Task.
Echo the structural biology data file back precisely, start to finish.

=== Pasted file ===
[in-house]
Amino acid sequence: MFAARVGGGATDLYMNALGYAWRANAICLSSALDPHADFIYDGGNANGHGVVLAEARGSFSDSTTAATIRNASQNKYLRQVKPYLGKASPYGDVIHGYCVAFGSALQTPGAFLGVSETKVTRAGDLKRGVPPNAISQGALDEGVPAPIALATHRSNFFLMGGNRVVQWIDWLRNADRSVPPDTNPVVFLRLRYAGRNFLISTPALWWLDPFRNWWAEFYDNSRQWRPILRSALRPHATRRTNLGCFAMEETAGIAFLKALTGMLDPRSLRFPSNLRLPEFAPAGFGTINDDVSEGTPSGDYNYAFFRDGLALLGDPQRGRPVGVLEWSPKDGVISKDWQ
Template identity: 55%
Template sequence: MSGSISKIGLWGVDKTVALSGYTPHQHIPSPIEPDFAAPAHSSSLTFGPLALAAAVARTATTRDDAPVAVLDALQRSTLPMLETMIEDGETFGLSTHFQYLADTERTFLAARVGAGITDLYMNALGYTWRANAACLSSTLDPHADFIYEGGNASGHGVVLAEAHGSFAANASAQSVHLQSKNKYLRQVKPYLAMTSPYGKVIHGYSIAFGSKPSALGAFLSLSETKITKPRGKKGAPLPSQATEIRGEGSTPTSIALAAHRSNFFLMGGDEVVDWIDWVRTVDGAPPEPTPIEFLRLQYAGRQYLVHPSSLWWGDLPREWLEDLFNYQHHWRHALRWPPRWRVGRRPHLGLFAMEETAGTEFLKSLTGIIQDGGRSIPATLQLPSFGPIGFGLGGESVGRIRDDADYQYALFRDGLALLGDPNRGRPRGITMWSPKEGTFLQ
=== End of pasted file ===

[in-house]
Amino acid sequence: MFAARVGGGATDLYMNALGYAWRANAICLSSALDPHADFIYDGGNANGHGVVLAEARGSFSDSTTAATIRNASQNKYLRQVKPYLGKASPYGDVIHGYCVAFGSALQTPGAFLGVSETKVTRAGDLKRGVPPNAISQGALDEGVPAPIALATHRSNFFLMGGNRVVQWIDWLRNADRSVPPDTNPVVFLRLRYAGRNFLISTPALWWLDPFRNWWAEFYDNSRQWRPILRSALRPHATRRTNLGCFAMEETAGIAFLKALTGMLDPRSLRFPSNLRLPEFAPAGFGTINDDVSEGTPSGDYNYAFFRDGLALLGDPQRGRPVGVLEWSPKDGVISKDWQ
Template identity: 55%
Template sequence: MSGSISKIGLWGVDKTVALSGYTPHQHIPSPIEPDFAAPAHSSSLTFGPLALAAAVARTATTRDDAPVAVLDALQRSTLPMLETMIEDGETFGLSTHFQYLADTERTFLAARVGAGITDLYMNALGYTWRANAACLSSTLDPHADFIYEGGNASGHGVVLAEAHGSFAANASAQSVHLQSKNKYLRQVKPYLAMTSPYGKVIHGYSIAFGSKPSALGAFLSLSETKITKPRGKKGAPLPSQATEIRGEGSTPTSIALAAHRSNFFLMGGDEVVDWIDWVRTVDGAPPEPTPIEFLRLQYAGRQYLVHPSSLWWGDLPREWLEDLFNYQHHWRHALRWPPRWRVGRRPHLGLFAMEETAGTEFLKSLTGIIQDGGRSIPATLQLPSFGPIGFGLGGESVGRIRDDADYQYALFRDGLALLGDPNRGRPRGITMWSPKEGTFLQ